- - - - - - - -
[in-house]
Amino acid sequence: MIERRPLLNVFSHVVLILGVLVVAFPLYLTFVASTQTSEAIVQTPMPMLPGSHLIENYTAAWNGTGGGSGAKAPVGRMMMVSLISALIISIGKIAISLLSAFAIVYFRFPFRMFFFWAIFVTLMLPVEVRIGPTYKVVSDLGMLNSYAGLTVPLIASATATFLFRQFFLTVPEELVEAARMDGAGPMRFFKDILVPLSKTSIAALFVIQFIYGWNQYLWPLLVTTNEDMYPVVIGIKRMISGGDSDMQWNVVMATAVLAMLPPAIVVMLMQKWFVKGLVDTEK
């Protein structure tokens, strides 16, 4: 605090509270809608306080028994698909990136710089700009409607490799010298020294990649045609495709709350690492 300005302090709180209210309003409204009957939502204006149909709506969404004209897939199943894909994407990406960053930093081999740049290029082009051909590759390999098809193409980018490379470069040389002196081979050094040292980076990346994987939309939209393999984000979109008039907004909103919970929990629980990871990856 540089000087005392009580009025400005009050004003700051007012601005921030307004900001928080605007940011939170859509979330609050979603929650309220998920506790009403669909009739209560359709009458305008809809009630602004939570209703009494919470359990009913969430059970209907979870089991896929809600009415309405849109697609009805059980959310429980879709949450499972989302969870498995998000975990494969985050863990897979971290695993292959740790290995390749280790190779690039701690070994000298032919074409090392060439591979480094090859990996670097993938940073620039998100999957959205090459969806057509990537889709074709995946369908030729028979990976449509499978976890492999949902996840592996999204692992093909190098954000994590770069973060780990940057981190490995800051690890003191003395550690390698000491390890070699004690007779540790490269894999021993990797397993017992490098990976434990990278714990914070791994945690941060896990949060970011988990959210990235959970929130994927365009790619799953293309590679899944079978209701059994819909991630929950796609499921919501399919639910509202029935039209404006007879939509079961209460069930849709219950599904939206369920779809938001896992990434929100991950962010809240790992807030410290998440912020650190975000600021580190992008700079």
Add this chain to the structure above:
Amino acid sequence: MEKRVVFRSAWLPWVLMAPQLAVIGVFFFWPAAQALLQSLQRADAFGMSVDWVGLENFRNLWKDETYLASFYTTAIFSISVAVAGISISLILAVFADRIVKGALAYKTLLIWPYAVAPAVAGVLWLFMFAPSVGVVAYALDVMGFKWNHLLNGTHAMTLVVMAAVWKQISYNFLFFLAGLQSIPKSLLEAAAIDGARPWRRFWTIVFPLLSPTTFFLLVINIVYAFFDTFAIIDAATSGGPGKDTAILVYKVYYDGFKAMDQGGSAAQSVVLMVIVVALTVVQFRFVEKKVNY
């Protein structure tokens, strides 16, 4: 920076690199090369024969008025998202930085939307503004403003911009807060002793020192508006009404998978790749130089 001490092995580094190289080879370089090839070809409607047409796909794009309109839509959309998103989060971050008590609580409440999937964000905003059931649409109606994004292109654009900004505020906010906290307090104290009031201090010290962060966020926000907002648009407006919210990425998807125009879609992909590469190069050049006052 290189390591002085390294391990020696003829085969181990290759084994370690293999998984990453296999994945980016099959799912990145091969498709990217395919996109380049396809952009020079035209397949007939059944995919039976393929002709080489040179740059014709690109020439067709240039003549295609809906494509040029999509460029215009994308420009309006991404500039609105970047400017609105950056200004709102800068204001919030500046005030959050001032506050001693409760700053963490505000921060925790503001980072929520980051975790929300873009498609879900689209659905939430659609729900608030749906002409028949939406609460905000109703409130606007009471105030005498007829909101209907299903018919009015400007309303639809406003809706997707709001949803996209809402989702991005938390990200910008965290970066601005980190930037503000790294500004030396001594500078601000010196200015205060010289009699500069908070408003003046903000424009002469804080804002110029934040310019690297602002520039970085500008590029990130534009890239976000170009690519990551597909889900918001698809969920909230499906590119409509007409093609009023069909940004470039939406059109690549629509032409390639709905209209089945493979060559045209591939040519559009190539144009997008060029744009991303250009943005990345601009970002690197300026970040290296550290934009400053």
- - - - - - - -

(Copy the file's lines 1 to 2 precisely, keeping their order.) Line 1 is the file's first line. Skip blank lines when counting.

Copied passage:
[in-house]
Amino acid sequence: MIERRPLLNVFSHVVLILGVLVVAFPLYLTFVASTQTSEAIVQTPMPMLPGSHLIENYTAAWNGTGGGSGAKAPVGRMMMVSLISALIISIGKIAISLLSAFAIVYFRFPFRMFFFWAIFVTLMLPVEVRIGPTYKVVSDLGMLNSYAGLTVPLIASATATFLFRQFFLTVPEELVEAARMDGAGPMRFFKDILVPLSKTSIAALFVIQFIYGWNQYLWPLLVTTNEDMYPVVIGIKRMISGGDSDMQWNVVMATAVLAMLPPAIVVMLMQKWFVKGLVDTEK